Math rock rules. Not only is it easily identifiable as a genre, but also its practitioners remain above criticism — anyone who doesn't like it can be dismissed as just not getting it. This of course is a copout on math rock's part, so I will do my best to overcome the inherent obstacle and judge it anyway.
I'm no dummy, so you can bet your sweet ass that I love Seattle's premiere math rockers, The Building Press. As much as they probably hate being categorized (thanks to the free-spirited musicians in them), their sophomore LP, "Young Money," is rigidly true to form (thanks to the structured mathematicians in them). It's obvious from the very first seconds of the album (a shouted, "You're like the punchline to a bad joke" punctuated brash syncopation) that enjoyment will be a challenge. Dissonance, incongruence, atonality: these are the perceptions that first spring to mind.
The music can at times be so frustrating that beyond not wanting to hear it, you shudder at the thought of the kind of repressed childhood trauma that would actually lead the musicians to create such atrocities. But then, just as you are about to wholly dismiss what can be nothing but a pretentious joke aimed directly at cultured consumers, the music suddenly, seamlessly falls into peaceful, resolute harmony. The remainder falls away and you are left with a perfectly balanced equation to which you can bob your head in time. And because the earlier parts of the song pummeled you so heavily, this bliss-ridden lull is so soothing as to sound, for the fleeting moment that it keeps you at peace, like the most perfectly composed opus in the history of composition.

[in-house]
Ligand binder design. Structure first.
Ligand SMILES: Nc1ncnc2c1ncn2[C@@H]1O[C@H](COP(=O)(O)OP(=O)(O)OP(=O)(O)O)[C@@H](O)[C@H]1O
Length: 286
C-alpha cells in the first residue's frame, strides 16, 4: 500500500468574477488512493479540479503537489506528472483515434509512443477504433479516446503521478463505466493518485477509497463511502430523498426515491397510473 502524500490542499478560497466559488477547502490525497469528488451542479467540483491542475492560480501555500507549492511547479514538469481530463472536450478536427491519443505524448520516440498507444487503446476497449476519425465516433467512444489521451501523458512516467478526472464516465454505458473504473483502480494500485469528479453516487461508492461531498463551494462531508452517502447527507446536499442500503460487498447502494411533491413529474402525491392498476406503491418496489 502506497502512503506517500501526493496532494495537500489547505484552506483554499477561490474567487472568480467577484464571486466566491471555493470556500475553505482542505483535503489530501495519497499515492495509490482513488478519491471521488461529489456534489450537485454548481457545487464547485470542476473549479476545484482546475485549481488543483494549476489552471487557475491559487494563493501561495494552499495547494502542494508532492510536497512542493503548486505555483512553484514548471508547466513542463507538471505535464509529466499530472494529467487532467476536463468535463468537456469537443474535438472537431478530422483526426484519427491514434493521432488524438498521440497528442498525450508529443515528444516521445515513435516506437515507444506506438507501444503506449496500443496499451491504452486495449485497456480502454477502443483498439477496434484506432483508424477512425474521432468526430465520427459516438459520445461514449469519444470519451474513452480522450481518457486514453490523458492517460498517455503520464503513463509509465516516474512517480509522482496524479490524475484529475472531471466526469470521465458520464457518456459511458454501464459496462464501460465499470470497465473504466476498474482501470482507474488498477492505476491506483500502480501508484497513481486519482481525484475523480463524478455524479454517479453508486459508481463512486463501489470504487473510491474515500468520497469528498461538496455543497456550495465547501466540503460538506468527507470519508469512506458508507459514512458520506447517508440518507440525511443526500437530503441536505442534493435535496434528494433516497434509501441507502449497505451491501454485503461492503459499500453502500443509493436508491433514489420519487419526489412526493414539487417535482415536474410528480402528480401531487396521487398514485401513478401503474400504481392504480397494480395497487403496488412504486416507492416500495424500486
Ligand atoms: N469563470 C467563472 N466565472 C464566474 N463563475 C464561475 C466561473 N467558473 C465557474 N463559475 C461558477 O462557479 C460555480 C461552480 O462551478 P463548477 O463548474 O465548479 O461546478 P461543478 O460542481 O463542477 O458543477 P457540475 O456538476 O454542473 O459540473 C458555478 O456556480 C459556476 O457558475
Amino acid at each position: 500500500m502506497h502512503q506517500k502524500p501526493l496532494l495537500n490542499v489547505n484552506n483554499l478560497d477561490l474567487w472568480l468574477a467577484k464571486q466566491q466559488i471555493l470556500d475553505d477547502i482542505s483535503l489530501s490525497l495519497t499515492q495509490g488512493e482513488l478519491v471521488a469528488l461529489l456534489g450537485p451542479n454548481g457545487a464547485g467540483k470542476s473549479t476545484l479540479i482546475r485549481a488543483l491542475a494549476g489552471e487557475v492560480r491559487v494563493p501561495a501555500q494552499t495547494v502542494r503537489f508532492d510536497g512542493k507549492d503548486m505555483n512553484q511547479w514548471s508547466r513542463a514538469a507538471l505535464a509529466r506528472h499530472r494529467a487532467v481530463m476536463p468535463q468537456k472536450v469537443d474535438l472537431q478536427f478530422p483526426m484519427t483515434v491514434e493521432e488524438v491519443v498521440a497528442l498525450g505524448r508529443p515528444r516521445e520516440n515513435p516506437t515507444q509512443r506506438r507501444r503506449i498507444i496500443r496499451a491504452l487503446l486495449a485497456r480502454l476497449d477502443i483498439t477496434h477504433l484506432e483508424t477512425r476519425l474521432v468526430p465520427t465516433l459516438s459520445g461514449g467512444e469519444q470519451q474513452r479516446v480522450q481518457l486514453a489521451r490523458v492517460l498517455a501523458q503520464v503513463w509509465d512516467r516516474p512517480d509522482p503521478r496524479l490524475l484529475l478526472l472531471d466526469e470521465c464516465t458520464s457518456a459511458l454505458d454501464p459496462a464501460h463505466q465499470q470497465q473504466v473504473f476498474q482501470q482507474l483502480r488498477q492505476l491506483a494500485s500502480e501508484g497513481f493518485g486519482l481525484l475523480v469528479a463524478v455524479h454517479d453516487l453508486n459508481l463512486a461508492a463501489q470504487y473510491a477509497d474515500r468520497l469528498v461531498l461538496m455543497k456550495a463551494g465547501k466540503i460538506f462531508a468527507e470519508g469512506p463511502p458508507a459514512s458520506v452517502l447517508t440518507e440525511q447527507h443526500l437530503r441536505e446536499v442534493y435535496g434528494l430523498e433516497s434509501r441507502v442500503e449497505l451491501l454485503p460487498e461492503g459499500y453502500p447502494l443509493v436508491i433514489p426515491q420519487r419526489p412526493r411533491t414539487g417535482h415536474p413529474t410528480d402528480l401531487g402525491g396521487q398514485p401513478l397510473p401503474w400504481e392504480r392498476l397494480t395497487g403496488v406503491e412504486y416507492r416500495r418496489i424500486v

The album's centerpiece, "If you think I can't get to you… you're wrong," closes with the line, "And we'll do it every day/Because we do it every day," a dose of irony that underscores the band's unconventional approach to music. They are most certainly not playing rock by the book, although they've obviously read it many times through.